Achieve Grapeness and Concord the Day: Top 3 Mid-Atlantic Grown Grapes
September 15, 2022 by 4P Foods
Fresh, locally-grown grapes are incomparable to those that have traveled a long distance. The grapes grown by farmers in the Mid-Atlantic are unique to our region. We are in awe of the grapeness of the local varieties that are plucked from vines mid-September through October.
All of the grape varieties listed here are known as “slip skin” grapes, because the skin easily separates from the fruit. These grapes contain seeds, and the seeds can be eaten. If you choose, you can swallow the seeds whole or chew them. Dealing with the seeds is worth it for the flavor these grapes have.
WELLNESS BOOST: These grapes are all high in antioxidants!
Try the top three grape varieties harvested in the Mid-Atlantic this autumn and concord the day. They can be eaten raw or used to make jam, juice, and wine.
1. Concord Grapes
If you ever had a glass of Welch’s grape juice, then you are familiar with the taste of a Concord grape. Locally-sourced Concord grapes turn the nostalgia and sweet, delicious flavor up to ten! They also pack a nutritional punch. Their deep purple skin is high in antioxidants.
Wenger Grape Farm, the farm we source our Concord grapes from, recommends eating the grapes by holding a single berry in your fingers, squeezing the berry firmly in your mouth to get all of the juice, and swallowing the pulp whole, including the seeds. Then, chew the skin for maximum nutritional content.
Concord grapes were first developed in 1849 in Concord, Massachusetts by farmer Ephraim Wales Bull. They are grown on their own root stock, unlike many European varieties, which means this variety of grape isn’t affected by an insect pest called grape phylloxera. The resistance to this particular pest makes Concord grapes much easier to grow and manage in the Mid-Atlantic region.
2. Niagara Grapes
These grapes are sweet and “foxy”-a word coined by one wine reviewer, Paul Bulas, to describe the "high-toned, candied muskiness" of Niagara Grapes. If they taste familiar, it may be because Niagara grapes are the source of most white grape juice in the U.S.! They are also an excellent source of vitamins C, K, B1 and B6, as well as minerals like potassium and manganese.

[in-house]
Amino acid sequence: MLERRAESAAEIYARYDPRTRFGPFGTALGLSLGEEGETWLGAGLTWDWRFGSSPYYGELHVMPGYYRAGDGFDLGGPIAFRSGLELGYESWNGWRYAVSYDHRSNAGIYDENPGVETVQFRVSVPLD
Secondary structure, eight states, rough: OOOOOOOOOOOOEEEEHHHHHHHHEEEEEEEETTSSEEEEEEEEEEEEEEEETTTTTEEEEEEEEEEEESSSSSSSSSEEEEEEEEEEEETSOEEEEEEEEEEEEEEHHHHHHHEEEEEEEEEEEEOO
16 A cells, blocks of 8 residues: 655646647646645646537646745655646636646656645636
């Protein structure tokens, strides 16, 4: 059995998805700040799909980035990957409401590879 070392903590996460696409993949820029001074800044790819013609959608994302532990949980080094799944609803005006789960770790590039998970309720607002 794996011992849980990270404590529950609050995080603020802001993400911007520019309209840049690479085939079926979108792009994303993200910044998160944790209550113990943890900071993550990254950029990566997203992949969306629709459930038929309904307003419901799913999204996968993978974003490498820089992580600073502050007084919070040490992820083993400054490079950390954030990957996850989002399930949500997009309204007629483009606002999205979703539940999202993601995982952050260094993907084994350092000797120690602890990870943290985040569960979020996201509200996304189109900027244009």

Named for the Niagara county of New York, Niagara grapes are a “cousin” to the Concord grapes. They were developed in 1868 by two New York botanists, C.L. Hoag and B. W. Clark, who made Niagara grapes by crossing Concord grapes with Cassady grapes. The result is a grape that has a thick slip skin like Concord grapes, but with a translucent and glossy green flesh.
3. Muscadine Grapes
Muscadine grapes have a rich and tart taste that is unlike any other created by the sweet and musky flavor of the fruit combined with the slightly tart flavor of the skin. The skin can be removed and separated from the flesh. Inside these large grapes, you will find five seeds, which can be chewed, swallowed, or spit out when you are enjoying Muscadine grapes. They are also popular for making wine, jams, and jellies.
Muscadine grapes are just as nutritious as they are delicious. They have high amounts of calcium, phosphorus, polyphenols, potassium and also contain antioxidants and vitamin C.
Muscadine grapes are native to North America and can be found growing wild. They have adapted to most pests in the Mid-Atlantic region and are relatively easy to grow.
Preserving Peak-season flavor is our (Concord Grape) Jam
Now is peak season for our delicious, local Concord, Niagara, and Muscadine grapes, and their beloved season is short. If you give them a try and fall in love with the grapeness, never fear, we also have Concord Grape Jam in stock from Wenger Grape Farm. Making jam is the perfect way to preserve that grape flavor and enjoy it all year-round. This Concord grape jam is great on toast or a PB&J sandwich.